The next day, we started out fairly early (around 8am—that is early to me) to catch a train to the DC light rail. That was a bit adventurous.
Not knowing the area, we had to guess at which station to go to. The first guess was a bust—a little shack by the rails at the end of a residential street. The train only stopped there a couple of times a week—and today was not that day. So we headed to Guess #2, which turned out to be a good station—but the last train for the day at that place had left fifteen minutes before we got there.
On to Guess #3, which was 30 miles or so from the hotel. And it did not involve a train at all—just the light rail. But that turned out well, and we got into the Smithsonian area without a hitch.
And the camera came out immediately! What views! I had to take one with my cell and send it to a few people—there was a crane and a huge pile of dirt in front of the Capitol building—I sent it with the caption, “They’re really shoveling it today at the Capitol!”
The day started out cloudy but comfortably warm, and went quickly to partly-cloudy and a bit on the uncomfortably-warm side. That didn’t last for long, however.
We visited several museums, had to leave a lot of the others. So much to see and read. Paul wanted to see Ford’s Theatre, and I wanted to go to the Hard Rock Café for lunch. So we started looking for the former, which turned out to be right next door to the latter! Unfortunately, Ford’s Theatre was closed. So we had lunch and I bought a shirt.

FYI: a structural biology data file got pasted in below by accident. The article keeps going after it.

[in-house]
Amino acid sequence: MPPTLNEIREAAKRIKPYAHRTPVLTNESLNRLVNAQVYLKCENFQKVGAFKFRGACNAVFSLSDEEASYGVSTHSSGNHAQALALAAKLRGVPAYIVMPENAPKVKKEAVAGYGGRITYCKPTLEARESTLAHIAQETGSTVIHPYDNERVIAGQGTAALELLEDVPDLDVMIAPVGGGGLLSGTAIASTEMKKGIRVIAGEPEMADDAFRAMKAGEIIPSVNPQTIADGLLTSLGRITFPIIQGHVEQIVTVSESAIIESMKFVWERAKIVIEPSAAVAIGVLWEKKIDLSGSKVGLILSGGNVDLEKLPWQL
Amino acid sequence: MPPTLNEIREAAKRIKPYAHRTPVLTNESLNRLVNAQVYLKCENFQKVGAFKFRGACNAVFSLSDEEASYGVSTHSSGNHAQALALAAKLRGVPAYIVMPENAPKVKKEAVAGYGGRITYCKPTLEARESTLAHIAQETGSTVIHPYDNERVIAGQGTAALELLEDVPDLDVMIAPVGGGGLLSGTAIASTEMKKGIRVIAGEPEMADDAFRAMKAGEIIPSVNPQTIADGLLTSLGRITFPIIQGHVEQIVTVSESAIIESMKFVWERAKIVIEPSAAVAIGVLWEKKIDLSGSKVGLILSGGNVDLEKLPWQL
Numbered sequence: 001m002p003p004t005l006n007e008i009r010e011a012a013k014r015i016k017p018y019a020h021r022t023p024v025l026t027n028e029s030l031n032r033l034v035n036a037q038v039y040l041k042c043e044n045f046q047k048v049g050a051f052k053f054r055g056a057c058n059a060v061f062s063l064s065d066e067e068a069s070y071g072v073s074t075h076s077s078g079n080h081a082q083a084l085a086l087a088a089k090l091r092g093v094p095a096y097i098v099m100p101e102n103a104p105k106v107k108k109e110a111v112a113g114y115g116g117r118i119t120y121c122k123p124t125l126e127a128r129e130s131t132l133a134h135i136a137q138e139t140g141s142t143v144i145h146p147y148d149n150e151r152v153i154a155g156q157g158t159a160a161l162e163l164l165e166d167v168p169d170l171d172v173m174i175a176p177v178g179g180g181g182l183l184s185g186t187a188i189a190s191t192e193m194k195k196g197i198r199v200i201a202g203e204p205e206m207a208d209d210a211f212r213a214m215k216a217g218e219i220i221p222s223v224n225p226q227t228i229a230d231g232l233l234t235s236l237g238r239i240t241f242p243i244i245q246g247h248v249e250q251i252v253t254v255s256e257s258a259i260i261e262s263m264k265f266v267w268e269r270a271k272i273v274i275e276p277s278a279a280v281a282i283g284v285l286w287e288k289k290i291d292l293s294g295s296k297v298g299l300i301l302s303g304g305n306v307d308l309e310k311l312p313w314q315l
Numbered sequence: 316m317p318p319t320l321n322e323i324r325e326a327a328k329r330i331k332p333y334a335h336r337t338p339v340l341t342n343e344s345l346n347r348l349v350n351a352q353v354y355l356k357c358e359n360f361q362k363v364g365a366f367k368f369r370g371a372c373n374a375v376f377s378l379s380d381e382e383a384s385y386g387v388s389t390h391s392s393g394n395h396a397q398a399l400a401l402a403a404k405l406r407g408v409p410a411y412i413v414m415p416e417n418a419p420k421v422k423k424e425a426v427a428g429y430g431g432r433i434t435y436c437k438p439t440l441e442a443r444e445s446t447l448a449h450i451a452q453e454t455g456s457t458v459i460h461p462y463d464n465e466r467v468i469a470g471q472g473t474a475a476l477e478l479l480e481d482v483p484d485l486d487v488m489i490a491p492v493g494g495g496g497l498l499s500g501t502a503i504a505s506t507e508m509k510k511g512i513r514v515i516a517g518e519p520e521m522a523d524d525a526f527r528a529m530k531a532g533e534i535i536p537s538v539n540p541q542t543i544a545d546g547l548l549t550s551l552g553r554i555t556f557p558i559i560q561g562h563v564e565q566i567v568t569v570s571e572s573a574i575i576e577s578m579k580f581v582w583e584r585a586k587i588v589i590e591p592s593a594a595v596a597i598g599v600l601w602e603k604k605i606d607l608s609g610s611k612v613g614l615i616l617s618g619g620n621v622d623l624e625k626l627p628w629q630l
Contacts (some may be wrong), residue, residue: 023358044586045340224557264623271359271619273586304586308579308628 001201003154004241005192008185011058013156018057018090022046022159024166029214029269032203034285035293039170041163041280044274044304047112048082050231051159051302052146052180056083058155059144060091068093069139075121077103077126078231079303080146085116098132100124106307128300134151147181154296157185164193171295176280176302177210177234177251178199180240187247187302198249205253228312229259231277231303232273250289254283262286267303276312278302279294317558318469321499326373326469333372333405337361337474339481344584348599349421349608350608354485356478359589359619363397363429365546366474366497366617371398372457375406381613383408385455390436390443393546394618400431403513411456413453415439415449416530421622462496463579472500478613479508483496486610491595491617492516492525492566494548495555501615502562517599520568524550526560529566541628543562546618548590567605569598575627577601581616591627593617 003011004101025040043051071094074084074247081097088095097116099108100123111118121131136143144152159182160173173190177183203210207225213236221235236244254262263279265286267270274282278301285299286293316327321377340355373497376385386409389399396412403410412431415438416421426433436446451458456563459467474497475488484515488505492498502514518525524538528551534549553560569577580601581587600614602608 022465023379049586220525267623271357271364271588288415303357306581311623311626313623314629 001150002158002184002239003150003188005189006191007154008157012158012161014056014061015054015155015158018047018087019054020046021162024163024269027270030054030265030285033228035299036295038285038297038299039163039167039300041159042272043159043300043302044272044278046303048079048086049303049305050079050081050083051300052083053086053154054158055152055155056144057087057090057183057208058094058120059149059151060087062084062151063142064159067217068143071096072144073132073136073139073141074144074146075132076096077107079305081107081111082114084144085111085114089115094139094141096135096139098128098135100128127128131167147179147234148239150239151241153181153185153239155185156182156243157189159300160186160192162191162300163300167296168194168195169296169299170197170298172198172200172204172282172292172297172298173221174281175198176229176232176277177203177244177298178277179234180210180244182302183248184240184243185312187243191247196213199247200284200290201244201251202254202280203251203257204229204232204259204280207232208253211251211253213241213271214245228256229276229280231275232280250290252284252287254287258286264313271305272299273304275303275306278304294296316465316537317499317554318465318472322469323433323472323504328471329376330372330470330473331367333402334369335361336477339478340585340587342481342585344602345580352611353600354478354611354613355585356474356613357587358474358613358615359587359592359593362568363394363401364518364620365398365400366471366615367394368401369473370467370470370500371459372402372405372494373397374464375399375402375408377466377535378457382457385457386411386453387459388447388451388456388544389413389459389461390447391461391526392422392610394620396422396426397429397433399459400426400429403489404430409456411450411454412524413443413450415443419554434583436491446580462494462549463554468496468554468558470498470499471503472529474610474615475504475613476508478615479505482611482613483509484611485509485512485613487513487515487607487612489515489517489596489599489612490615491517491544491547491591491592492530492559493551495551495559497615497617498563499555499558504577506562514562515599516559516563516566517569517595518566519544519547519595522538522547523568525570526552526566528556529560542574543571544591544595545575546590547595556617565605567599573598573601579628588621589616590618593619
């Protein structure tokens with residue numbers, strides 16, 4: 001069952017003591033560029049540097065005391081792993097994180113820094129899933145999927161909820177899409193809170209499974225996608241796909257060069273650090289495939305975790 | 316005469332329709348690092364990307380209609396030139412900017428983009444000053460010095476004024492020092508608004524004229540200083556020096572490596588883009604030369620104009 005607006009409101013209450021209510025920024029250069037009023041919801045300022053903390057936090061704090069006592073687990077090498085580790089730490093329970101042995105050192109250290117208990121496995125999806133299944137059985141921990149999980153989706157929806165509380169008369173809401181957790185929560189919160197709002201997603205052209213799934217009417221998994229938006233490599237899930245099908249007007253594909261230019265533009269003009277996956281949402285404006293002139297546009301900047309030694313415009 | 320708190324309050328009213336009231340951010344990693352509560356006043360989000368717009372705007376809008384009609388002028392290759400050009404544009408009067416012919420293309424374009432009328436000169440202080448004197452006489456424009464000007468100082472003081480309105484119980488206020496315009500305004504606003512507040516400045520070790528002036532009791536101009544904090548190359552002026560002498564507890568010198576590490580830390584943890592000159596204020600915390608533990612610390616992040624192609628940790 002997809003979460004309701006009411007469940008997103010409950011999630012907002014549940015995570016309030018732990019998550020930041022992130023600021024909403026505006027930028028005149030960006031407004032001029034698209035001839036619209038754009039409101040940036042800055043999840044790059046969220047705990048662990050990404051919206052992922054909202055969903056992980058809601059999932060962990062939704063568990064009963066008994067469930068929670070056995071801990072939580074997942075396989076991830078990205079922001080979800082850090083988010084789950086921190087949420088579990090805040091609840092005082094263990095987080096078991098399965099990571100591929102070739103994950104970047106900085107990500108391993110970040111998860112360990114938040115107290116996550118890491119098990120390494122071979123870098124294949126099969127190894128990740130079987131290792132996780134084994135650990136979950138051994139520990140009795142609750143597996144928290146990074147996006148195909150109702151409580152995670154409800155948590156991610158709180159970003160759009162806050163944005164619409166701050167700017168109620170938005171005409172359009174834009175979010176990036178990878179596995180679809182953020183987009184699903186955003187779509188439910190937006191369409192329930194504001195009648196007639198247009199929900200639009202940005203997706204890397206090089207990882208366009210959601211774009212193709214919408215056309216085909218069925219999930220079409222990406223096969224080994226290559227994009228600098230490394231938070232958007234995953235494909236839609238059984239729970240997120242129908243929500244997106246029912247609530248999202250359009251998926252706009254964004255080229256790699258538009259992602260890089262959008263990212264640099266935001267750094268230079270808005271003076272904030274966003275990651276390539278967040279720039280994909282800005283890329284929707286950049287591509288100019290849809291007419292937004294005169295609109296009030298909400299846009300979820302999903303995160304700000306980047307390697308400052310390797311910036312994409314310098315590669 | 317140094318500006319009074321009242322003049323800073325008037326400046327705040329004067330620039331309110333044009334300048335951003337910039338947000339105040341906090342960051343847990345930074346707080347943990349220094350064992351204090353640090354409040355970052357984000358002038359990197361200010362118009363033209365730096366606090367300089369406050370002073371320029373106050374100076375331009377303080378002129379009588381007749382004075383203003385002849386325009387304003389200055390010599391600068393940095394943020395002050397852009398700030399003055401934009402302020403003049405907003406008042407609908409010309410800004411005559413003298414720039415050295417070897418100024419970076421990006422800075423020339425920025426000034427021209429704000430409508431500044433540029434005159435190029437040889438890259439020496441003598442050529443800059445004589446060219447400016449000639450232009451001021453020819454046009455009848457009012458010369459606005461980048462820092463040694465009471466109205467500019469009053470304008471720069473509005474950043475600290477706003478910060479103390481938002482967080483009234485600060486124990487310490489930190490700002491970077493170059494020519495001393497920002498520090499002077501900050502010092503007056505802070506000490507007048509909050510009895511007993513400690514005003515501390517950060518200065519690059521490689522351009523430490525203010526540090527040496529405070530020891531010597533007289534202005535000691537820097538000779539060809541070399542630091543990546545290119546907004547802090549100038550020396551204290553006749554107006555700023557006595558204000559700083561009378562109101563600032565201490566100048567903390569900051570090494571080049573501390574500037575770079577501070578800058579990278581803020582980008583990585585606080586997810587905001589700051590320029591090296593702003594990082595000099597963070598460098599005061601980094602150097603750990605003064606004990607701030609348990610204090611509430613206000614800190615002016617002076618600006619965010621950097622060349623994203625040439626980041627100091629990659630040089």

The weather was definitely changing, and not for the better. I welcomed the cooler air, but the wind had picked up and the clouds had recombined. That could only mean one thing—rain on the horizon.
So we figured we’d better see the rest of the outdoor stuff before the clouds broke. Heading towards the Washington Monument (still closed due to earthquake damage), the rain started to get a little more steady, but workable. Heck, we’re Oregonians. Nothing new here.
But by the time we got down the hill and into the WWII Memorial, it was definitely coming down in a more serious manner. And here we were—again—without umbrella or rain protection of any kind. And getting wetter by the minute.
The Lincoln Memorial was just down a tree-lined path, and so we figured we could make it without getting too much wetter. Ha! The trees afforded some coverage, but it was raining (and thundering, and lightning-ing) so hard by then that no one had a prayer to stay dry.
Got up the flooded steps to the Lincoln Memorial and found that he had a LOT of company. Probably over 100 people looking out of the porch, shivering, watching the rain come down. That lightning sure put on a heck of a light show too!
We walked around the perimeter of the memorial to the back, took pictures, and by the time we got to the front again, the rain had let up. So we decided we ought to get to the White House before the heavens decided to soak us again.
Nice walk, but a bit squelchy. Our shoes were drenched again.
Saw the White House, took pictures, and headed for the Metro station through the city streets. And the rain came down again. Once again, we were soaked by the time we got on board.
Driving back to the hotel, Paul got a call from his friend in Chesapeake. Actually, his wife. There was a tornado watch in effect, along with a flash flood watch. So, of course, whenever I saw a cloud with a point at the bottom, I figured there was where the tornado was going to form. Nervous? Oh just a…lot…